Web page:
- It’s a 10K or shorter
- You’ll be covered in colored corn starch by the end
- There’s beer at every mile
- You’re going to wear a costume
Respect your body and do the training required for your races. THEN, I promise, they’ll be a total blast. — Amie
Adopt a Pack Mentality.
When I first started running road races 15 years ago (!), I joined a training group and did my core workouts with them, on their schedule. This was how I completed my first 10K and half marathon. After that, I felt that I knew enough, or could at least find the right information needed to train on my own or with a friend. That worked well for 13 half marathons and eight full marathons, and countless other races. Then my friend Jen urged me to sign up for a training group with her.
Her rationale? “It’s so fun, you’ll meet new people, plus you’ll be able to use the experiences for your blog!” (I do need fodder; it’s hard to come up with new ideas, for real.)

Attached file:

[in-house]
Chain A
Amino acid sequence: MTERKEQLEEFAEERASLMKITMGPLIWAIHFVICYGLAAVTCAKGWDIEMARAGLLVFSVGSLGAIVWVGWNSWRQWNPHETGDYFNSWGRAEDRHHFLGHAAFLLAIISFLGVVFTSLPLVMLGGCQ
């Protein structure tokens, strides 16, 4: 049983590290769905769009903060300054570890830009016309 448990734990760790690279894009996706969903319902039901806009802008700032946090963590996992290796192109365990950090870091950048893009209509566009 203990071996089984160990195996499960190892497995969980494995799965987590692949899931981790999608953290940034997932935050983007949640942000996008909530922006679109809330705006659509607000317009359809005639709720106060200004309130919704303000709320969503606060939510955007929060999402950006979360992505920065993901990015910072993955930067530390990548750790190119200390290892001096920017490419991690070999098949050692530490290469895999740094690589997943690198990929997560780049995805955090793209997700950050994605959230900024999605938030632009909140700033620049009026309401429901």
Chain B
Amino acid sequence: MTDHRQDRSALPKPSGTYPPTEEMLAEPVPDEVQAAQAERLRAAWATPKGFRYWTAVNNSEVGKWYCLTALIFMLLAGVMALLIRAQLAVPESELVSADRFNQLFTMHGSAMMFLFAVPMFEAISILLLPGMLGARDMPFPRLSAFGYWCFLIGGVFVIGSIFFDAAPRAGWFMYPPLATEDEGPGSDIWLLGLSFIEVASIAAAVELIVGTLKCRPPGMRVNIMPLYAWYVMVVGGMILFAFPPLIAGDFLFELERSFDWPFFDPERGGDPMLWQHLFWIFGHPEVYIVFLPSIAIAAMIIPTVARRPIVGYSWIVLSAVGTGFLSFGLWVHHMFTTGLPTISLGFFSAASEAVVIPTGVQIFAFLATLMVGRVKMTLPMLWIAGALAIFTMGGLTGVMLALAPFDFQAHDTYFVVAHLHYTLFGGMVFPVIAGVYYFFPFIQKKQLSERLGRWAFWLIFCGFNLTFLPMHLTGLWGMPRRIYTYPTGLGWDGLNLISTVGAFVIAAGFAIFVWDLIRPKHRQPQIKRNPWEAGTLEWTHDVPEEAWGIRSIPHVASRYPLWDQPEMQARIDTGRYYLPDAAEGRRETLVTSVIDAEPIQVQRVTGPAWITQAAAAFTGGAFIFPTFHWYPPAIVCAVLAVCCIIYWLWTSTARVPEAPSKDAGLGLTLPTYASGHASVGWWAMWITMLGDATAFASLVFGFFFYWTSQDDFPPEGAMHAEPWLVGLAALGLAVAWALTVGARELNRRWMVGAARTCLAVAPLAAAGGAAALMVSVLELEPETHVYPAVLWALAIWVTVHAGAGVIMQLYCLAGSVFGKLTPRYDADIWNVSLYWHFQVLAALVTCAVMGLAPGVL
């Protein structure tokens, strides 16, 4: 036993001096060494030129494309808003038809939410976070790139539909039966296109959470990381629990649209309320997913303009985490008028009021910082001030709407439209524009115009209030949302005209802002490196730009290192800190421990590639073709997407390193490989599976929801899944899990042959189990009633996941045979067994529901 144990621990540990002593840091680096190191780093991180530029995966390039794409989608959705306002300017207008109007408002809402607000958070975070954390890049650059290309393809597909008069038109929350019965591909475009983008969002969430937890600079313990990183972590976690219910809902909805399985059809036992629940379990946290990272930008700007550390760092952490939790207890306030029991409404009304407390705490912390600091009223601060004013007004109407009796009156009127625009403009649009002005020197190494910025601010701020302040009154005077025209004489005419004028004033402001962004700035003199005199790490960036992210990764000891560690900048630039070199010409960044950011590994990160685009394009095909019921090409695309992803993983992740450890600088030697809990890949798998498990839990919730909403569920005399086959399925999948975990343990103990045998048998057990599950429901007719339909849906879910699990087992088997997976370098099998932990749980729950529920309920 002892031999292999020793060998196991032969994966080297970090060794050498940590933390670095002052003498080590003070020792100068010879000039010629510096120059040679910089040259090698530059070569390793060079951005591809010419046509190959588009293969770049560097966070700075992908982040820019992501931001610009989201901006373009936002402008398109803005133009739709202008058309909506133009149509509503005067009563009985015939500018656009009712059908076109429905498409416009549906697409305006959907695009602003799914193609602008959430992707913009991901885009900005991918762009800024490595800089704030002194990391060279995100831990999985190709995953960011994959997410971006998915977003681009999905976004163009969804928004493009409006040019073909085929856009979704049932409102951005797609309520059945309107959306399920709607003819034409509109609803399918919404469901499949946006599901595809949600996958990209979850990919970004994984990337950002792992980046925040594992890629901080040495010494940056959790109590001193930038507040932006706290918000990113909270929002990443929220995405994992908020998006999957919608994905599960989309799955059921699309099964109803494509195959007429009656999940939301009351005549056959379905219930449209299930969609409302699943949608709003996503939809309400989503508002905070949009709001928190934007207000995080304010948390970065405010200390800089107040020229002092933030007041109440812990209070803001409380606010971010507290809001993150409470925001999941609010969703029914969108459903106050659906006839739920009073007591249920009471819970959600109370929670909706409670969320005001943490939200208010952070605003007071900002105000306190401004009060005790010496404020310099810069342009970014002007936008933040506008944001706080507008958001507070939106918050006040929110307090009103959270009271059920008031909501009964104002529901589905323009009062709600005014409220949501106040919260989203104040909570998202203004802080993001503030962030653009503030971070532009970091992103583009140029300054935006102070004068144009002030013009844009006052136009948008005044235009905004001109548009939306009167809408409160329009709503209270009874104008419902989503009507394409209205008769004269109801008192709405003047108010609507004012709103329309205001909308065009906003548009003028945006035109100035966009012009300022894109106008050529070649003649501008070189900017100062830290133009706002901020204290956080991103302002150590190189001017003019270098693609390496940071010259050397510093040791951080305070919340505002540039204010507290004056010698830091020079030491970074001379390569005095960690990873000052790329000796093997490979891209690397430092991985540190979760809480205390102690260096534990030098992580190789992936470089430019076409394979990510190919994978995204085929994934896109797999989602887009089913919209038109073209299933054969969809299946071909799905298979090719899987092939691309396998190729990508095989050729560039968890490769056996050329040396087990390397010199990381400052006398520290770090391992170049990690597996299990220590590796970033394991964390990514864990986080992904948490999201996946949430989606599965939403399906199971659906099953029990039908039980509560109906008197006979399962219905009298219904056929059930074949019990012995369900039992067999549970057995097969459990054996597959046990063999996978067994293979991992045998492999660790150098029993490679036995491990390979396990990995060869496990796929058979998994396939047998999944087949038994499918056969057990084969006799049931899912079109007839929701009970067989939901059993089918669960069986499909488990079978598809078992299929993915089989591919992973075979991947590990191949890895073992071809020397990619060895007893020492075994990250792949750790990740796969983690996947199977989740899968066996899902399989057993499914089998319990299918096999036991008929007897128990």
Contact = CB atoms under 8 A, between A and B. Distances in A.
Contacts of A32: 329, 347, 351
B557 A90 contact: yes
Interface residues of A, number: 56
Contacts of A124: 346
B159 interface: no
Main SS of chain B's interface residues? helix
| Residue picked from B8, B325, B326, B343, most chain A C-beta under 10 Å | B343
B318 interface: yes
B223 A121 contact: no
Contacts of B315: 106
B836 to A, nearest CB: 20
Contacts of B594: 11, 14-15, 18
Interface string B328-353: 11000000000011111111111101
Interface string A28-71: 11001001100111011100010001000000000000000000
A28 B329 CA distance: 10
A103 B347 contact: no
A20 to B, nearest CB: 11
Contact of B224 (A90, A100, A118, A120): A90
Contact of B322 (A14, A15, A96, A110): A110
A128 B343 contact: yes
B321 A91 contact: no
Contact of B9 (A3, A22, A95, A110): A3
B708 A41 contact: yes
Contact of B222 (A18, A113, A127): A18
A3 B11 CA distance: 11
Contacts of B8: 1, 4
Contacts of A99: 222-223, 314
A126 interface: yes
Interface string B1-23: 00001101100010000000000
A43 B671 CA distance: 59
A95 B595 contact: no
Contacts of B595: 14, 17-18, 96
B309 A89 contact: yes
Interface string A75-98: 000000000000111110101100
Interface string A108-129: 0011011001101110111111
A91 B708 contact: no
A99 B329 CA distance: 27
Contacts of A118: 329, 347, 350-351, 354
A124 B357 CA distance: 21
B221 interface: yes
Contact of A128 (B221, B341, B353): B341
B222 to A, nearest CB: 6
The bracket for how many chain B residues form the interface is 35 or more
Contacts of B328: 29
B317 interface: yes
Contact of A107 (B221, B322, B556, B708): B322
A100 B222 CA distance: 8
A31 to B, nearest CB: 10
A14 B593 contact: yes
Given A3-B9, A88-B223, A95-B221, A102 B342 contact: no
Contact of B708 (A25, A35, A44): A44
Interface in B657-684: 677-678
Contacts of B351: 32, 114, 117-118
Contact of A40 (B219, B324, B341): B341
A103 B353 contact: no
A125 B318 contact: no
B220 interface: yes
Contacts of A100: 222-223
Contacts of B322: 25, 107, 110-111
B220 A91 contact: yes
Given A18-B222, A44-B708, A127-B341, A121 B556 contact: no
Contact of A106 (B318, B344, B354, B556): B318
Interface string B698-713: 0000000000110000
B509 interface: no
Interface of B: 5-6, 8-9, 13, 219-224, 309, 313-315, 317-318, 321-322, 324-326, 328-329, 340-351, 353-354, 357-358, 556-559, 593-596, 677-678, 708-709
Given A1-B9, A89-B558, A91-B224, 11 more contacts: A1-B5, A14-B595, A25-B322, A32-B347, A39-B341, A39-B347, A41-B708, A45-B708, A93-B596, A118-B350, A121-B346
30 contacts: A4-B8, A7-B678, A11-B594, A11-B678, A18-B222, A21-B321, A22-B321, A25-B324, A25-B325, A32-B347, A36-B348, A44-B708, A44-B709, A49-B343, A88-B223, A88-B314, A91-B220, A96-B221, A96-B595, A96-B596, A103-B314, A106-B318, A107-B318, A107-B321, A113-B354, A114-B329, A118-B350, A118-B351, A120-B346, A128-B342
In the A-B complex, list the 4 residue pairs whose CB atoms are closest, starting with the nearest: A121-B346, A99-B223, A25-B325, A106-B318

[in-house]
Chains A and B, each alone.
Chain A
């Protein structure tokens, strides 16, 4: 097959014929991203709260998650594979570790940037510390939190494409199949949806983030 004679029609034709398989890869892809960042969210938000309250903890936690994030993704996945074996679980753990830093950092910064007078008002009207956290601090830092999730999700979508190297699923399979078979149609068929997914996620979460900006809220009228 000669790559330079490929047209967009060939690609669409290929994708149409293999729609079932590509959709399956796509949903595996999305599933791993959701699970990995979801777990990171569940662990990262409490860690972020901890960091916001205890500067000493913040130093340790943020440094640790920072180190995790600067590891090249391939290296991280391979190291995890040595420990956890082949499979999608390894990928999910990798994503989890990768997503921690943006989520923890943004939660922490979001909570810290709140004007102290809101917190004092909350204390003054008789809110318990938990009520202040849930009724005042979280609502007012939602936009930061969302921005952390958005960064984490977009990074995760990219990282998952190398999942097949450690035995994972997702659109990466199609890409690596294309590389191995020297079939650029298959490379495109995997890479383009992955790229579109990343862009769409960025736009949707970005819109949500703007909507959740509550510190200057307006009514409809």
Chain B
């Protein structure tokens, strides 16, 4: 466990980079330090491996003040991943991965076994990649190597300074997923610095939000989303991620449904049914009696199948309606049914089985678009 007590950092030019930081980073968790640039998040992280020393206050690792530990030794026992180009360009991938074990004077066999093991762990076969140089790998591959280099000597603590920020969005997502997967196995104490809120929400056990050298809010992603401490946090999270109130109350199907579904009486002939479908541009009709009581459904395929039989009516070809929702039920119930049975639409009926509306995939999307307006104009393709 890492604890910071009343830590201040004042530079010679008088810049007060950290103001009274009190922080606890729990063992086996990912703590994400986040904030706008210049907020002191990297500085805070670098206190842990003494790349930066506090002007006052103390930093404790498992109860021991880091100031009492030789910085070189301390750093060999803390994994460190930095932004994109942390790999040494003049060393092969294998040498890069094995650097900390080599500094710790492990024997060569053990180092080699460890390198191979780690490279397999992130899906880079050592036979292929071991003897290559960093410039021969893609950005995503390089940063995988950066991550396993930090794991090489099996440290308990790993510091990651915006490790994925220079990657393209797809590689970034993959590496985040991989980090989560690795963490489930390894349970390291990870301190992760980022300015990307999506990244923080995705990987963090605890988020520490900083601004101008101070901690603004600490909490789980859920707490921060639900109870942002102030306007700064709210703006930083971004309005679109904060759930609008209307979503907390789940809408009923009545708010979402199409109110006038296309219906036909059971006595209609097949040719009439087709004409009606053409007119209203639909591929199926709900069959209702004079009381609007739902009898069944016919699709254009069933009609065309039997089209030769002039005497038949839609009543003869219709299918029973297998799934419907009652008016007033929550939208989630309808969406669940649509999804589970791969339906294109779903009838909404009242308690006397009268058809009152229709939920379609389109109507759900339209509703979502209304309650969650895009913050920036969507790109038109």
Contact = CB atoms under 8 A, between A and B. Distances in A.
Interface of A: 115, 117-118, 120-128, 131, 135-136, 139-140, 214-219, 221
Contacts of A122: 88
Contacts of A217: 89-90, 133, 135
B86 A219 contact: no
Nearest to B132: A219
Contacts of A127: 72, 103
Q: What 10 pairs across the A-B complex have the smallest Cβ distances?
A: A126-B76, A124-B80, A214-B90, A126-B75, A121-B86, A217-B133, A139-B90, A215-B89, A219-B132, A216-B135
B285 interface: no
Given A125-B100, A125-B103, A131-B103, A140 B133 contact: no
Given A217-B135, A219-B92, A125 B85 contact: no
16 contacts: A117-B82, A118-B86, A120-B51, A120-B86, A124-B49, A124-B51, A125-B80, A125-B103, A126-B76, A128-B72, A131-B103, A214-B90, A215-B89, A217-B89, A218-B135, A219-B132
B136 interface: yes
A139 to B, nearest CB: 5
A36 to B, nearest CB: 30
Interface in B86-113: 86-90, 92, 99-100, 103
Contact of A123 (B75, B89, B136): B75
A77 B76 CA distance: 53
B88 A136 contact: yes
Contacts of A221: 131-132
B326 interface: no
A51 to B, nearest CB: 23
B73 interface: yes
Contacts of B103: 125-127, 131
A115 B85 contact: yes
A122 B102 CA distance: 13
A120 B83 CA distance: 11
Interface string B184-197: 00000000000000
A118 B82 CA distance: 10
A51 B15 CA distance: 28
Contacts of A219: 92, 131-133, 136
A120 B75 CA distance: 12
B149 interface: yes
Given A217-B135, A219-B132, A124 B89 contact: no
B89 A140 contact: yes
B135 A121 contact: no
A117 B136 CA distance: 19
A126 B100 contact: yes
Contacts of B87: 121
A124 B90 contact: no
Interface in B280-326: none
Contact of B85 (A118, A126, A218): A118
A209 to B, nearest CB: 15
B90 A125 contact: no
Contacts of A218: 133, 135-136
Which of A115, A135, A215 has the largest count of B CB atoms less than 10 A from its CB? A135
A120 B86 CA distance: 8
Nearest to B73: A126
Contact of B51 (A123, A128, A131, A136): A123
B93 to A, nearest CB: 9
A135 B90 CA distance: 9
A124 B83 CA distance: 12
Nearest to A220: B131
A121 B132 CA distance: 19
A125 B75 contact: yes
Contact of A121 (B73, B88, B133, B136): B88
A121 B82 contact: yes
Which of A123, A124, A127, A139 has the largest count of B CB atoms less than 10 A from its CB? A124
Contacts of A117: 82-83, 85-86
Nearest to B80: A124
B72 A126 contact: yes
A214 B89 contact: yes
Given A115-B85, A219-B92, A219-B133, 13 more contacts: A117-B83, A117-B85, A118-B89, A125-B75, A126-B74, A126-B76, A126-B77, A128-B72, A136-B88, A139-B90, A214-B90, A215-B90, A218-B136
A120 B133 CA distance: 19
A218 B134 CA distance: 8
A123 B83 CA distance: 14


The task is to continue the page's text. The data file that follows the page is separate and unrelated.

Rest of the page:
And she was SO right.
There’s something special about running with a pack. When it’s hard, you can draw energy from one another. When it’s easy, you high-five. I’m served up a fresh training plan every week, and I don’t even have to think about it, I just have to get my easy runs in. After the group run, we do a core workout that rivals my arch nemesis, Body Pump. Plus there are injury prevention clinics (who couldn’t use a refresher?), happy hours and make-up runs if your schedule gets crazy. It’s probably the best idea she’s ever had.
We are ramping up for a fun summer, and I’m already making new friends, and hopefully I’ll find a running mate for my fall race (Jen is too fast, damnit). And I now urge YOU to go find a pack and run! — Amie
“Private Eyes” by Hall and Oates
Private eyes (one clap), they’re watching you (two claps). — Mags